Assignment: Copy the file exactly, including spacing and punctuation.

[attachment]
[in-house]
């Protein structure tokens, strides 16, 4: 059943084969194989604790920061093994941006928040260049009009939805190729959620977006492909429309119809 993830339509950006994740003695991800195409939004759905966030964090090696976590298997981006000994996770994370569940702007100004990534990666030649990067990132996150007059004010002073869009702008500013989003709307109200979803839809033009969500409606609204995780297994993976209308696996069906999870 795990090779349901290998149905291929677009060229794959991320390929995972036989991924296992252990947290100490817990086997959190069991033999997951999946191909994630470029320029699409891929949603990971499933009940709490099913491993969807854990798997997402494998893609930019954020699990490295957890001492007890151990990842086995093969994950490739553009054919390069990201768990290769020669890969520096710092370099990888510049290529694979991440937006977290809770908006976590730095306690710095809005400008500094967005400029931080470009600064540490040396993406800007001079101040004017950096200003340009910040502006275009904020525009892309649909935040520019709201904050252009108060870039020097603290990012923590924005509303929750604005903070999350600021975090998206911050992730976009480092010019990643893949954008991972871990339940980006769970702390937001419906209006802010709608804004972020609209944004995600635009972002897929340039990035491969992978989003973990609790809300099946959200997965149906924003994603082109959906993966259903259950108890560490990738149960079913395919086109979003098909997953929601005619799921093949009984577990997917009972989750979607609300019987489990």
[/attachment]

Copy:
[in-house]
């Protein structure tokens, strides 16, 4: 059943084969194989604790920061093994941006928040260049009009939805190729959620977006492909429309119809 993830339509950006994740003695991800195409939004759905966030964090090696976590298997981006000994996770994370569940702007100004990534990666030649990067990132996150007059004010002073869009702008500013989003709307109200979803839809033009969500409606609204995780297994993976209308696996069906999870 795990090779349901290998149905291929677009060229794959991320390929995972036989991924296992252990947290100490817990086997959190069991033999997951999946191909994630470029320029699409891929949603990971499933009940709490099913491993969807854990798997997402494998893609930019954020699990490295957890001492007890151990990842086995093969994950490739553009054919390069990201768990290769020669890969520096710092370099990888510049290529694979991440937006977290809770908006976590730095306690710095809005400008500094967005400029931080470009600064540490040396993406800007001079101040004017950096200003340009910040502006275009904020525009892309649909935040520019709201904050252009108060870039020097603290990012923590924005509303929750604005903070999350600021975090998206911050992730976009480092010019990643893949954008991972871990339940980006769970702390937001419906209006802010709608804004972020609209944004995600635009972002897929340039990035491969992978989003973990609790809300099946959200997965149906924003994603082109959906993966259903259950108890560490990738149960079913395919086109979003098909997953929601005619799921093949009984577990997917009972989750979607609300019987489990």